A large gorgonian fan on the reef at Njao
AS you can see this gorgonian has not been too damaged and the diver in the background does not look too miffed at paying what he has paid?
taxation has gone from 0% to 30% of turnover.
Customers are not prepared to pay the real cost of diving in remote locations. And so, like an airline, when they demand more money off, we the operators have to shave more off. At this stage, our diving centre makes a loss. I refuse to compromise on safety issues such as :compressor maintenance, equipment maintenance, PADI instruction, Twin engine boats, new boats, staff training. I have also lowered our prices to try to combat the global financial crisis. Two dives cost $80-140 depending upon how many you do. There are simply not enough clients who have enough money to get to Pemba let alone dive her. We stay afloat by injecting our own money into the business, or pulling it out of the hotel. Times are tough, and this article is ill researched at worst and ill timed at best.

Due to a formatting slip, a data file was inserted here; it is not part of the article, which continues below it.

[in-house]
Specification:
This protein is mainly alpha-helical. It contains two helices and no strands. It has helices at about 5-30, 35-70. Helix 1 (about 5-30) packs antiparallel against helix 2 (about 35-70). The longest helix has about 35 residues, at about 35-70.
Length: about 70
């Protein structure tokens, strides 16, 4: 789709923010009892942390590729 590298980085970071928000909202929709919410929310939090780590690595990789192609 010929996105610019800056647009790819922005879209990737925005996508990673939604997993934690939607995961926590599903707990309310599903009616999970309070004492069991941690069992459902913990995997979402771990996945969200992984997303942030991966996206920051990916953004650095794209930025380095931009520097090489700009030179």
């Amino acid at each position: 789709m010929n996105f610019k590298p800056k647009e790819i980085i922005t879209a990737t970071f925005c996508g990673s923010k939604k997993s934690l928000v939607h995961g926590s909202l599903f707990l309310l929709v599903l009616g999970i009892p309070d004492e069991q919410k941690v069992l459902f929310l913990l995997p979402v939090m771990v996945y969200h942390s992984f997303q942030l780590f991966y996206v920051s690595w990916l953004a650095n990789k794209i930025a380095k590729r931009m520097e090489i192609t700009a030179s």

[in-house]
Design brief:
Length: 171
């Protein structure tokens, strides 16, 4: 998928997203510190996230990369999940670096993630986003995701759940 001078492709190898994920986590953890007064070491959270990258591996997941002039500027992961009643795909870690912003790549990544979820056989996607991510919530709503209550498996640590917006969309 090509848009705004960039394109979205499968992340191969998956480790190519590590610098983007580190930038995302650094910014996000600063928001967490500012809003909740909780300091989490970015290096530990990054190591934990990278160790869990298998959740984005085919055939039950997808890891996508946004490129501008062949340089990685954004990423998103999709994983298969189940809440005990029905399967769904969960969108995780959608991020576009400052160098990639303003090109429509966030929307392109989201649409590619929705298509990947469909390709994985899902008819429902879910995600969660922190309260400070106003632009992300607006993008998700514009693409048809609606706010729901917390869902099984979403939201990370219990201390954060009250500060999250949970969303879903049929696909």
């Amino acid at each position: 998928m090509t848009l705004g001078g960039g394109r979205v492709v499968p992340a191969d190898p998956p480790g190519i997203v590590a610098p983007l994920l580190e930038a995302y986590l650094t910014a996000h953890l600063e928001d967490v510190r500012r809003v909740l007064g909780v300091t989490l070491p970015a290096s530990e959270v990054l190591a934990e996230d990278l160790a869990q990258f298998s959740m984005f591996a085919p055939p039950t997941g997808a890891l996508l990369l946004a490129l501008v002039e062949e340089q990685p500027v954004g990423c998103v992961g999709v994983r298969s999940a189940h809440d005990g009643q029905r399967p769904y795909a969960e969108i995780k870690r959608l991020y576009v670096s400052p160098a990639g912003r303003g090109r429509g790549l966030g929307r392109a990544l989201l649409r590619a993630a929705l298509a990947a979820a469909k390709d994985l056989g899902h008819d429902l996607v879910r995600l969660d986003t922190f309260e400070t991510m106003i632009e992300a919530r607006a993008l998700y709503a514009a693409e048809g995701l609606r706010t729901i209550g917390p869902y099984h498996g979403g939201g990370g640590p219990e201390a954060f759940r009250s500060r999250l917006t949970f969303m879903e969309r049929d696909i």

I would humbly beg that you do not allow your bitterness to stop other young people from seeing what is left of the other 80% of our world.
For coral and fish are resilient, and after a short time, both will appear on rubble.
A diver looks down on black snapper
As the dive guide, with a camera, I was Probably looking for tips! Oh sorry, I don't take tips. Another mistake Cavan.
Your humble diving companion,
THIS IS THE COMMENT THAT THE
There are more photos below